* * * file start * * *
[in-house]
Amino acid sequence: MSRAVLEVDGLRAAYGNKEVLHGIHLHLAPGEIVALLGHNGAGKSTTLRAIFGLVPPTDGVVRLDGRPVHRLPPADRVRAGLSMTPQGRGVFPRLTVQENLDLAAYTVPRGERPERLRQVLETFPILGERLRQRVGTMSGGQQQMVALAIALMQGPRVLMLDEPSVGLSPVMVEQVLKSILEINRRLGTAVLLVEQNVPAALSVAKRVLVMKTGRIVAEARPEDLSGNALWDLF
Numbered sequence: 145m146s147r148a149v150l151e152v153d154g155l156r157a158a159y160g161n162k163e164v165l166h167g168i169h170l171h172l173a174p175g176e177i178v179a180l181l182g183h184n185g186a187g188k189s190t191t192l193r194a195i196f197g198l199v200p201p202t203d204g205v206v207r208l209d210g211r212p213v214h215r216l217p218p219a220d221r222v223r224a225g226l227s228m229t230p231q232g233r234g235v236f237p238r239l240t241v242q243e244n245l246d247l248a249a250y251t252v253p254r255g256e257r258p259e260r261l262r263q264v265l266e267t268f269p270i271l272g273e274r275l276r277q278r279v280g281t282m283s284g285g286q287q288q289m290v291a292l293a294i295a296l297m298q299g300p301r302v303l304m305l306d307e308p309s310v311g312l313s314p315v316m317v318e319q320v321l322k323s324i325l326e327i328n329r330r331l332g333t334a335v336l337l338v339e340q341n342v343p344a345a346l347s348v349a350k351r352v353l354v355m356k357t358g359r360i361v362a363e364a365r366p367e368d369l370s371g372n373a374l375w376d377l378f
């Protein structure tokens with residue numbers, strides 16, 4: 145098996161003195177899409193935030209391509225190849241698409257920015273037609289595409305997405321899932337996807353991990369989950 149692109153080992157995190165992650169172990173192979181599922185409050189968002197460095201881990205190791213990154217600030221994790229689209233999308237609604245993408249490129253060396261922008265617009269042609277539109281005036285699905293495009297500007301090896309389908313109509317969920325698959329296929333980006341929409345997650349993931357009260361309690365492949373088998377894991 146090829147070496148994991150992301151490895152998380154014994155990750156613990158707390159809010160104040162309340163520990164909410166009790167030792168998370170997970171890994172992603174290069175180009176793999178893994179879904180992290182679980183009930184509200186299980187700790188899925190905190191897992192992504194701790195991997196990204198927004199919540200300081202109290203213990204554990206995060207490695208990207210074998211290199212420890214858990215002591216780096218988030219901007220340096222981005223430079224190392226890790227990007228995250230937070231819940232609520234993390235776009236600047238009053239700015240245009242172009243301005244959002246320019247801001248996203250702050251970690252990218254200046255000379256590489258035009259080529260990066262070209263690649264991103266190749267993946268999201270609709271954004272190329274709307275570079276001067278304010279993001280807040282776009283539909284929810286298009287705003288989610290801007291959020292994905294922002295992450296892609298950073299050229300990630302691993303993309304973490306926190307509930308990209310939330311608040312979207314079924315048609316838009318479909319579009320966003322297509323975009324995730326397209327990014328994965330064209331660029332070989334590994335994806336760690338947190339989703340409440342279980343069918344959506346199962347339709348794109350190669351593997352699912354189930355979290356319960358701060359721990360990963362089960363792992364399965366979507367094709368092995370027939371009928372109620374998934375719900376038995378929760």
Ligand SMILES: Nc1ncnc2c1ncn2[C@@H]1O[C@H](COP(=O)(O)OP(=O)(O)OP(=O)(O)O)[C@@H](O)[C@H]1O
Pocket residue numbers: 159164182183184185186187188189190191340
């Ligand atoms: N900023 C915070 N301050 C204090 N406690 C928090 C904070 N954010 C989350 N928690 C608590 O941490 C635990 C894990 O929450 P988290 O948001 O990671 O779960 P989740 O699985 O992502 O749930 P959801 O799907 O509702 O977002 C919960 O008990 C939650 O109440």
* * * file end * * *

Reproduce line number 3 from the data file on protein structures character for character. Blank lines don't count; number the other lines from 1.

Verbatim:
Numbered sequence: 145m146s147r148a149v150l151e152v153d154g155l156r157a158a159y160g161n162k163e164v165l166h167g168i169h170l171h172l173a174p175g176e177i178v179a180l181l182g183h184n185g186a187g188k189s190t191t192l193r194a195i196f197g198l199v200p201p202t203d204g205v206v207r208l209d210g211r212p213v214h215r216l217p218p219a220d221r222v223r224a225g226l227s228m229t230p231q232g233r234g235v236f237p238r239l240t241v242q243e244n245l246d247l248a249a250y251t252v253p254r255g256e257r258p259e260r261l262r263q264v265l266e267t268f269p270i271l272g273e274r275l276r277q278r279v280g281t282m283s284g285g286q287q288q289m290v291a292l293a294i295a296l297m298q299g300p301r302v303l304m305l306d307e308p309s310v311g312l313s314p315v316m317v318e319q320v321l322k323s324i325l326e327i328n329r330r331l332g333t334a335v336l337l338v339e340q341n342v343p344a345a346l347s348v349a350k351r352v353l354v355m356k357t358g359r360i361v362a363e364a365r366p367e368d369l370s371g372n373a374l375w376d377l378f